A local, worker-owned, green economy is the do-or-die alternative to globalized capitalism. The claim that the choice is between jobs and the environment is bipartisan, “larger-than-usual deception.”
The Solutions Project estimates that a Rhode Island water-wind-sun energy transition will create 13,000 forty-year jobs, 7,500 in construction and the rest in operation. Compare this to the 300 three-year jobs of the Invenergy-Raimondo power plant in Burrillville. Advantage Green: 600 to 1.
A just transition is for the taking. As UMass-Amherst economists found:
Our rough high-end estimate for such a program is a relatively modest $600 million per year. This level of funding would pay for:
- income, retraining and relocation support for workers facing retrenchments;
- guaranteeing the pensions for workers in the affected industries; and
- mounting effective transition programs for what are now fossil-fuel dependent communities.
There is one problem with a just transition: it clashes with ruling class entitlements. They are what Comcast tried to safeguard when it unsuccessfully sued the Chattanooga, Tennessee, Electric Power Board in 2008 in an attempt to block funding of city-run gigabit-speed fiber services for its citizens.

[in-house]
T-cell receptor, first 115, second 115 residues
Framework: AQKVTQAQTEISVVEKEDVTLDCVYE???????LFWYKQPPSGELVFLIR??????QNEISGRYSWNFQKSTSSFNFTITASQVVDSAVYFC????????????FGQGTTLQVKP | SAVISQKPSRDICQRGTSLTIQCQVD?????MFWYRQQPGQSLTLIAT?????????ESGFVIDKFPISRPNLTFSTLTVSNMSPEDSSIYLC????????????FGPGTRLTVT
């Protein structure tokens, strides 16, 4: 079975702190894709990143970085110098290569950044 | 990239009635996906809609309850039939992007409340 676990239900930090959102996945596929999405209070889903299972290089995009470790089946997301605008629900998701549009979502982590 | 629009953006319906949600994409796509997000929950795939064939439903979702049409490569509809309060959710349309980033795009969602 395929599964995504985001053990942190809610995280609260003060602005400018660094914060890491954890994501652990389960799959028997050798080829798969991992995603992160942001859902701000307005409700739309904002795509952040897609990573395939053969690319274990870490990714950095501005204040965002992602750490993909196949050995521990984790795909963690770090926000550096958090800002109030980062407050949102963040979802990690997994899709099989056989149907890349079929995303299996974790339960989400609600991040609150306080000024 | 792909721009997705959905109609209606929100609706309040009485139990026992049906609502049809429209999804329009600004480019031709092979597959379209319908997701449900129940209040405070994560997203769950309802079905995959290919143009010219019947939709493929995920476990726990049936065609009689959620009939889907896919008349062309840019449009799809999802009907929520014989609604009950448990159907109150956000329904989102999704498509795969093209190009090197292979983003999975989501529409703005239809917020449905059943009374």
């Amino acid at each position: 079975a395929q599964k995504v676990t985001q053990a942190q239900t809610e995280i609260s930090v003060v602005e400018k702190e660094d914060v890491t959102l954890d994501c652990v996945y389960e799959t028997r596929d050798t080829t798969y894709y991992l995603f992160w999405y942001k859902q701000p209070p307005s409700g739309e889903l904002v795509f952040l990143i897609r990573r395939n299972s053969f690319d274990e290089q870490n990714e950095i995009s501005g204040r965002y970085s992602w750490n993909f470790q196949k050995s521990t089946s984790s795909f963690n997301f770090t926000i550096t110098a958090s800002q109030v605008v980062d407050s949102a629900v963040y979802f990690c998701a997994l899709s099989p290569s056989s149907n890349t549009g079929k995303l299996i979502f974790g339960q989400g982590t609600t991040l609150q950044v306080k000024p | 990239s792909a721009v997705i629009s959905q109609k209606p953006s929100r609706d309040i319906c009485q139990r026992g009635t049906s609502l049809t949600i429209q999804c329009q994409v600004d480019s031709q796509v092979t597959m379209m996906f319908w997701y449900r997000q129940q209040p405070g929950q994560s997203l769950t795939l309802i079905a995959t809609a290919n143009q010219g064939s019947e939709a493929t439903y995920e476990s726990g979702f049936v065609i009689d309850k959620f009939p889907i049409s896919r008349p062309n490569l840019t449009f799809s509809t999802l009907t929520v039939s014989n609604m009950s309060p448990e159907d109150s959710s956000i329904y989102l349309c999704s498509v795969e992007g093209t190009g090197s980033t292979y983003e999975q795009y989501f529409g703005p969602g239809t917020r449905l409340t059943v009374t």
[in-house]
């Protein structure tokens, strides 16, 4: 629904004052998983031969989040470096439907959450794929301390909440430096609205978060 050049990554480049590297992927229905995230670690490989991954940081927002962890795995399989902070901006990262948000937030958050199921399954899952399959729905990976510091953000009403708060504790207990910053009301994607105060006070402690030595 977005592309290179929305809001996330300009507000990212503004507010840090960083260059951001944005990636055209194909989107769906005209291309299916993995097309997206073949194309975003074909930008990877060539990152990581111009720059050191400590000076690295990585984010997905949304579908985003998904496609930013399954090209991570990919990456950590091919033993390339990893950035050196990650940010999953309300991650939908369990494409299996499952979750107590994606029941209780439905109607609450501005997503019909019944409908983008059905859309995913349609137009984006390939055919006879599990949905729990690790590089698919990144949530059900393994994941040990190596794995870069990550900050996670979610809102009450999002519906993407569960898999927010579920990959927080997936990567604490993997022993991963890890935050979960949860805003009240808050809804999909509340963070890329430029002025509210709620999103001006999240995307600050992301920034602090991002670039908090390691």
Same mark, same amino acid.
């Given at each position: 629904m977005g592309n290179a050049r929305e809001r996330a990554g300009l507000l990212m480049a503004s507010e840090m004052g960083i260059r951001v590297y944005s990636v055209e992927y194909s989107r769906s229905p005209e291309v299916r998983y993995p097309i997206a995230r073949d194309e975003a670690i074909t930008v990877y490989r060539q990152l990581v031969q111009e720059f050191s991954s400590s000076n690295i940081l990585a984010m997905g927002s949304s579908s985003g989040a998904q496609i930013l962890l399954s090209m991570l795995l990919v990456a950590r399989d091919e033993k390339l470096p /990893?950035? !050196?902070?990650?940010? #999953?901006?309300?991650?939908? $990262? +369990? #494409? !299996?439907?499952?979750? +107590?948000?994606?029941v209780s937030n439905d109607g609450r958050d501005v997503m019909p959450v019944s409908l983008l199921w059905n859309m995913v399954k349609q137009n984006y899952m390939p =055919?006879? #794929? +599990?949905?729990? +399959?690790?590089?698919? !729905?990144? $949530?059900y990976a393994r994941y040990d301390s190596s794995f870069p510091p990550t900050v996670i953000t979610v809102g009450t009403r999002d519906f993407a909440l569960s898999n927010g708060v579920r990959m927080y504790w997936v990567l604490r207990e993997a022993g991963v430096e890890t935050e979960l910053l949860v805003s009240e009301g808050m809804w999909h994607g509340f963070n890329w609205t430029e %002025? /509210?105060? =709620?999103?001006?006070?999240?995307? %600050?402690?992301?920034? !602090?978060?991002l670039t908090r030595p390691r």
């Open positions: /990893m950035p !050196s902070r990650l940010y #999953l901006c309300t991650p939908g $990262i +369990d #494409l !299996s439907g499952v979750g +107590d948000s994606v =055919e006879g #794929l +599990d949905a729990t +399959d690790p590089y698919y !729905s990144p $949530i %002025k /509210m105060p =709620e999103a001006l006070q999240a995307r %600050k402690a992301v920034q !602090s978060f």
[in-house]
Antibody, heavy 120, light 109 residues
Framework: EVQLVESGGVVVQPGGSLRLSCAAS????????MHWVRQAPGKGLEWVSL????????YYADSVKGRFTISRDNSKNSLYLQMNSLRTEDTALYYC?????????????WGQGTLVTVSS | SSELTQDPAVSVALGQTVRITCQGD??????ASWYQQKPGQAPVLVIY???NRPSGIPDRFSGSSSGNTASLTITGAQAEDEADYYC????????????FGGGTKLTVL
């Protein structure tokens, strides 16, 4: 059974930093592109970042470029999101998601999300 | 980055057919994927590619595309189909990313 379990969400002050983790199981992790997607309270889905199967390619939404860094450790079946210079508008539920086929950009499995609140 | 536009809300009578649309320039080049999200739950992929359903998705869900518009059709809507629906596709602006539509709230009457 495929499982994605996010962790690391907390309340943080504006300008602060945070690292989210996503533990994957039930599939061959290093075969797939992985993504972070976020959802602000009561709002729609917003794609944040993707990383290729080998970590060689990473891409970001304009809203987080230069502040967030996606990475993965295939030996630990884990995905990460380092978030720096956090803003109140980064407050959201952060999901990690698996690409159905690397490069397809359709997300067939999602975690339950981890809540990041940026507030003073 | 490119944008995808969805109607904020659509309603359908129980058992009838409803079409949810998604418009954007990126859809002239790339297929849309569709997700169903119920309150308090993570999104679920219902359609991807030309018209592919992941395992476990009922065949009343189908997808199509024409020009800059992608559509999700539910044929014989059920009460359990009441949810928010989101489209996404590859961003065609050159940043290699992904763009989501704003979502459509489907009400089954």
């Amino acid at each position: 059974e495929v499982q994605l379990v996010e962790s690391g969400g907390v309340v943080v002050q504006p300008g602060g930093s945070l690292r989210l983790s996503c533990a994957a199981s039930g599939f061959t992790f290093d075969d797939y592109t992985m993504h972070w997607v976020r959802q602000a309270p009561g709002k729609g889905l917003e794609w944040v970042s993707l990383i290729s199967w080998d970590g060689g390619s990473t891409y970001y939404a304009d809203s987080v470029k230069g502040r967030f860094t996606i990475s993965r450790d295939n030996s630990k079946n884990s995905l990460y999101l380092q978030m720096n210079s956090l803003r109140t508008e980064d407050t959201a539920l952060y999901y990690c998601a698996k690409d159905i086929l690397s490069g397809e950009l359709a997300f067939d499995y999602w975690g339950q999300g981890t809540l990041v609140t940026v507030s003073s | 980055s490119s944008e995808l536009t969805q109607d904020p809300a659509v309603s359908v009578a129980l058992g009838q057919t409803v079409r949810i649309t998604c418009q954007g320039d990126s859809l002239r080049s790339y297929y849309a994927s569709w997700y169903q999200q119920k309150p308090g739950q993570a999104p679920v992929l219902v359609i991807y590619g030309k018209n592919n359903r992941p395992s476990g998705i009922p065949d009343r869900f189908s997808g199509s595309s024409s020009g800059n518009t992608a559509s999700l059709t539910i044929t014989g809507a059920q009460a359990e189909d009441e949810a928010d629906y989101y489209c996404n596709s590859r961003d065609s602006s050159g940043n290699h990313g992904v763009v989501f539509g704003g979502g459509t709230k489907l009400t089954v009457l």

Entitlements for the rich also explain why Exxon Mobil in a recent letter to the White House defended the Paris Agreement—read the Clean Power Plan—against the Trump administration. No surprise that the number one gas driller in the U.S. writes a letter with “Natural Gas” as the number one term in bold.
Welcome to climate affirmation, the new denialism! It may be modest, but it signals progress.
 Robert Pollin & Brian Callaci, The Economics of Just Transition: A Framework for Supporting Fossil Fuel-Dependent Workers and Communities in the United States